The pathologic diagnosis of myeloid sarcomas in patients who do not have concurrent or antecedent leukaemia is often problematic. Immunophenotyping is crucial for making the correct diagnosis. The possibility of a haematopoietic neoplasm should be entertained in tumours of unclear origin and an appropriate set of immunohistochemical studies should be performed. CD43 is expressed in most myeloid sarcomas and is a useful marker although it can sometimes be expressed in lymphoid neoplasms. The immunophenotype of myeloid sarcomas generally reflects that of leukaemias of the corresponding lineage. Thus, granulocytic sarcomas express markers like CD13, CD33, CD117 and myeloperoxidase characteristic of AML with or without maturation. Monoblastic sarcomas, on the other hand, are myeloperoxidase negative but express CD68, CD163 and lysozyme. The latter three immunostains, when used together, appear to be most useful in confirming the diagnosis of monoblastic sarcoma.10,11,12
An association of granulocytic sarcomas with t(8;21)(q22;q22) and monoblastic sarcomas with 11q23/MLL rearrangements has been observed.1 Detecting an 11q23/MLL translocation in the tumour tissue was important in supporting the therapy‐related origin of the myeloid sarcoma in our patient. This case demonstrates the utility of using FISH on paraffin‐wax‐embedded tissue to detect clinically and pathologically suspected cytogenetic abnormalities, which is important for risk stratification and guiding definitive therapy.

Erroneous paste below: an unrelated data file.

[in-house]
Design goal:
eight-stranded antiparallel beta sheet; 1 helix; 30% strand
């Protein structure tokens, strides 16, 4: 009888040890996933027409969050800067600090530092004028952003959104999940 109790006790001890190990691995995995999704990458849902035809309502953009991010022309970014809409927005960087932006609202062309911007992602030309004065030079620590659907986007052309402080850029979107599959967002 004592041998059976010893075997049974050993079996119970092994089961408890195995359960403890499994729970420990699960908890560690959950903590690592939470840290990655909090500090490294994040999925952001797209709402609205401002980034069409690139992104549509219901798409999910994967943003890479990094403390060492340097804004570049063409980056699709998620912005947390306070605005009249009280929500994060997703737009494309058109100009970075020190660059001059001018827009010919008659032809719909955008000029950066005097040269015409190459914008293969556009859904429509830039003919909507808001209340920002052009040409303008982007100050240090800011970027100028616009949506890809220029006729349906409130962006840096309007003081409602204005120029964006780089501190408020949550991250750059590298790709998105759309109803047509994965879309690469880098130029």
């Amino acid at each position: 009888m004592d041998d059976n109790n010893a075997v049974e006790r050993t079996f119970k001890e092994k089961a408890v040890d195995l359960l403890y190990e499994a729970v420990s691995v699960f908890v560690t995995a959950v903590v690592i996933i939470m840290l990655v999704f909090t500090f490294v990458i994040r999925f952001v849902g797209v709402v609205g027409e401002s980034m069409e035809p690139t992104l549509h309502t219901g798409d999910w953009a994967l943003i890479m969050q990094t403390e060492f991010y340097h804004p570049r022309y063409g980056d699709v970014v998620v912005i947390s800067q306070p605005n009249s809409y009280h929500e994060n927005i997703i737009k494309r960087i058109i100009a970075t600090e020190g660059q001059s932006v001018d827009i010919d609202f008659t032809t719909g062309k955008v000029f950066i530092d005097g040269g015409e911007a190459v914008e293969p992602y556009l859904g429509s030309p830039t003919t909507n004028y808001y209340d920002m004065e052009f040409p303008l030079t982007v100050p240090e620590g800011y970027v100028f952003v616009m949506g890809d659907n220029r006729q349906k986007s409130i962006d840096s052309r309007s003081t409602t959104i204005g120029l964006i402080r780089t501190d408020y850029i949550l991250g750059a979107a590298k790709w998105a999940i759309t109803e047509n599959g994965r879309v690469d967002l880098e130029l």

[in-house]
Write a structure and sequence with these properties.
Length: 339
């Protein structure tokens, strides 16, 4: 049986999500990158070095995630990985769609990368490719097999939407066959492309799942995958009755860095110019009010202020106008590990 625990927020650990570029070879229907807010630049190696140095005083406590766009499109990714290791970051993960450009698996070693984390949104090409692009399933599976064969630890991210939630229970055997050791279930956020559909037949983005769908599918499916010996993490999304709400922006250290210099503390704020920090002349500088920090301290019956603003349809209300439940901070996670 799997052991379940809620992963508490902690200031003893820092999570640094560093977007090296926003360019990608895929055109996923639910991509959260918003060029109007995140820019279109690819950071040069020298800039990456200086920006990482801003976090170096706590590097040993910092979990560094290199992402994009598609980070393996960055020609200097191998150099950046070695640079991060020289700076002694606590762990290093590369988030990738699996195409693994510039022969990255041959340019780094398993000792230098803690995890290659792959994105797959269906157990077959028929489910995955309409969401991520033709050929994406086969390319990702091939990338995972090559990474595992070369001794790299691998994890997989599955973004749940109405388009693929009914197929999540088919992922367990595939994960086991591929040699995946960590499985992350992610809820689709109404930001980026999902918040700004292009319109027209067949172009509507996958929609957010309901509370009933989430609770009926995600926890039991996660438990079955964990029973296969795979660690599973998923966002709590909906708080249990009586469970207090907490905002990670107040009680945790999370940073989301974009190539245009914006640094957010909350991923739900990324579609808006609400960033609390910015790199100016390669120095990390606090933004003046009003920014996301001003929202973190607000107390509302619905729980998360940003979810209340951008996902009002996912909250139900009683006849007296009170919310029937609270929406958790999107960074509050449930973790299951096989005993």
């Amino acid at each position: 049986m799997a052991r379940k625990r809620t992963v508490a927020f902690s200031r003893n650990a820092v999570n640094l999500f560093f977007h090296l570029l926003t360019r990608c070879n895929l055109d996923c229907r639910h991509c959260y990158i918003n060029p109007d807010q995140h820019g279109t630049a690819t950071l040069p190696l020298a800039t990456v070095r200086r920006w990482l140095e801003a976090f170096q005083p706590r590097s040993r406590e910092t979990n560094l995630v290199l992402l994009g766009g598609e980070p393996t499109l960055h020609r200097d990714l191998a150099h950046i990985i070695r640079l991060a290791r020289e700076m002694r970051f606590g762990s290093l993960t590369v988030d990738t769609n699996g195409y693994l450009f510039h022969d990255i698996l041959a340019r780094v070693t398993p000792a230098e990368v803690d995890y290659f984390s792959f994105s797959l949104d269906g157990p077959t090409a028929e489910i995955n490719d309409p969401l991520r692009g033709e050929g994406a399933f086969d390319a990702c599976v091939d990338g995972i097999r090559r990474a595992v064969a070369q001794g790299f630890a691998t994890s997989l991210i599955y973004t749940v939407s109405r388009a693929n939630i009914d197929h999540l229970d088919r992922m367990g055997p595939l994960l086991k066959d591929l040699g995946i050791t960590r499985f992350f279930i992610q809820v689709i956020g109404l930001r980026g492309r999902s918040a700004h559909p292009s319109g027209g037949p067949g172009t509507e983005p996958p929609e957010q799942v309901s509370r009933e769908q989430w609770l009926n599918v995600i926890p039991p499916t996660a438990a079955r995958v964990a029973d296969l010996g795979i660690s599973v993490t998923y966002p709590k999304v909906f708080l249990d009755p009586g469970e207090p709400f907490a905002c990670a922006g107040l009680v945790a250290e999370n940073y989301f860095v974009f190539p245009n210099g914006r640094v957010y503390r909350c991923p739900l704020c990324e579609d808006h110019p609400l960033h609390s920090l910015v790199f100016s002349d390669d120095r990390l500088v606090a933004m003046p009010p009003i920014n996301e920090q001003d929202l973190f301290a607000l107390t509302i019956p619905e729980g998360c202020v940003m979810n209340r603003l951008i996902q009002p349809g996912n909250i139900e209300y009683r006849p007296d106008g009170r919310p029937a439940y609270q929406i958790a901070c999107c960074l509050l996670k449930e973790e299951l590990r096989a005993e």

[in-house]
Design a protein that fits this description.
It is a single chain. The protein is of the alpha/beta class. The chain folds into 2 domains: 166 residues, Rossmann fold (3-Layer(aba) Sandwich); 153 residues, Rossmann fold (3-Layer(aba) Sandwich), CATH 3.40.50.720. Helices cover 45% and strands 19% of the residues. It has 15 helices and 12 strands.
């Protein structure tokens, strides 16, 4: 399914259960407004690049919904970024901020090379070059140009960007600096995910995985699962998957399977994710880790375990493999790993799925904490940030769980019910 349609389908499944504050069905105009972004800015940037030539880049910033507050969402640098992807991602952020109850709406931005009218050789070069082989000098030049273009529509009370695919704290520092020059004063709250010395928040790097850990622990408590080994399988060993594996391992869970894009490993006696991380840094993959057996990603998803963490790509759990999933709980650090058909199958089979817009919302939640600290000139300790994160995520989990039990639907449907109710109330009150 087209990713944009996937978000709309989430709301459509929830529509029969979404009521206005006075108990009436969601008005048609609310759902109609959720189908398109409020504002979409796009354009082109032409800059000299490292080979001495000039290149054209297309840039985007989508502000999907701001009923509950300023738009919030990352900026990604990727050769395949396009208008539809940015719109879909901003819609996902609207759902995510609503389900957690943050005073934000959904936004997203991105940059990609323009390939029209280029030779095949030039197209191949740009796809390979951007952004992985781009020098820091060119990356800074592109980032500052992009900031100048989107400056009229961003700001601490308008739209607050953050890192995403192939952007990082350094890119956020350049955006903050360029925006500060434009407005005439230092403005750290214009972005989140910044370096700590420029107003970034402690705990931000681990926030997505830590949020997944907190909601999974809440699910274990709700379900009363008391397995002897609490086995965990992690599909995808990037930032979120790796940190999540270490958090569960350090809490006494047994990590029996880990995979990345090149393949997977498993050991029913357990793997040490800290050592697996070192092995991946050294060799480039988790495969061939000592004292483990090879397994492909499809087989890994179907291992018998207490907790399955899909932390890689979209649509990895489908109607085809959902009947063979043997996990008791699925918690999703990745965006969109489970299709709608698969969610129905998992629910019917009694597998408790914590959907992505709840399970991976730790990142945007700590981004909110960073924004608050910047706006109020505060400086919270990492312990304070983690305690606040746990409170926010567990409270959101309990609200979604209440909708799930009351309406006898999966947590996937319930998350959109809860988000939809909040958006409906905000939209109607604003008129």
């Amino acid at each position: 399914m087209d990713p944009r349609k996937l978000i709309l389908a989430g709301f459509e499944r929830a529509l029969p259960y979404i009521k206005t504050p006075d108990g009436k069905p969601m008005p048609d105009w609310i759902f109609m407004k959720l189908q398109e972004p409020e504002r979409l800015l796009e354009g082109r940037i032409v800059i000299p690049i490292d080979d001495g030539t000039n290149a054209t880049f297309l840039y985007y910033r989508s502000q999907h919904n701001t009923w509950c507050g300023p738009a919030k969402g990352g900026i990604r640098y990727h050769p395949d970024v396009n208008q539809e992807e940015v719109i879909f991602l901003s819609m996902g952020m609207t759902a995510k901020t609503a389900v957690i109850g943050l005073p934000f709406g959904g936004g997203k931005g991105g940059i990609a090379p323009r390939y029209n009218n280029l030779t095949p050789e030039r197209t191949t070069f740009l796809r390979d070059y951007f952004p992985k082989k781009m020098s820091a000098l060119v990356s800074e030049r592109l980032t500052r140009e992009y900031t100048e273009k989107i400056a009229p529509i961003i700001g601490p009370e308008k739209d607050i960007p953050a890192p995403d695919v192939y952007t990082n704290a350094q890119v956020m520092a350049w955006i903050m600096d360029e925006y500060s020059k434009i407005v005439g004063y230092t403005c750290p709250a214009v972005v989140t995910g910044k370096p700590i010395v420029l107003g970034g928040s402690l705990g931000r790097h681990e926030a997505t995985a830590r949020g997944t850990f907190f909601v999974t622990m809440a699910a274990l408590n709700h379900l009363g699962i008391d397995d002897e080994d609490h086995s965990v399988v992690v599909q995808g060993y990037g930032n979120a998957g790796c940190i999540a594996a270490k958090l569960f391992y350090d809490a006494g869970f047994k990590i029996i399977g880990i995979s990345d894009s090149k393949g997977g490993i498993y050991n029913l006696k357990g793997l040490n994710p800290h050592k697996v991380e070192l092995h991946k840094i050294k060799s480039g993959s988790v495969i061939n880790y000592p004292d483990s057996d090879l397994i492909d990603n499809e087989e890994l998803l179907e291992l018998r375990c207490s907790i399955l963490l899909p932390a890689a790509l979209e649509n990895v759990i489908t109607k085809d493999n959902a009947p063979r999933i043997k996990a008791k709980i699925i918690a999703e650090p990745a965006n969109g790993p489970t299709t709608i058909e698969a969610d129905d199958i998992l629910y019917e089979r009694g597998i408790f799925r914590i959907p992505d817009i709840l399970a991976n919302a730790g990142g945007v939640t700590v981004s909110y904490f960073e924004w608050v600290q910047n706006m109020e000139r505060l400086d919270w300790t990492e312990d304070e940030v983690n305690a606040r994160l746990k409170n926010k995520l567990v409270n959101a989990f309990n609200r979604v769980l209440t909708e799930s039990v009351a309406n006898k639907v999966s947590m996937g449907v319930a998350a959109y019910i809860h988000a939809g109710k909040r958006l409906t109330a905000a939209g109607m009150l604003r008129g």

In general, extramedullary disease is an adverse prognostic factor in AML. The major determinant of prognosis is the cytogenetic and other molecular abnormalities present in the leukaemic cells. Cases presenting as isolated myeloid sarcoma appear to invariably progress to AML.13 Thus it seems reasonable to recommend similar therapy as for AML with the same cytogenetic abnormality, which in the case of our patient would be an allogeneic haematopoietic stem‐cell transplant. The role of local therapy such as radiation in the definitive treatment of myeloid sarcoma is unknown.
In conclusion, t‐AML may rarely present with isolated extramedullary disease and it is important to define specific cytogenetic abnormalities in these cases using specialised techniques in order to guide optimal risk‐adapted therapy.
This study was supported in part by Cancer Center Support Grant No 5P 30 CA33572 and Program Project Grant No 2 P01 CA030206‐24A1 from the National Institutes of Health, Bethesda, Maryland, USA.
AML - acute myeloid leukaemia
FISH - fluorescence in situ hybridisation
MLL - mixed lineage leukaemia
RT - room temperature
t‐AML - therapy‐related acute myeloid leukaemia
Competing interests: None.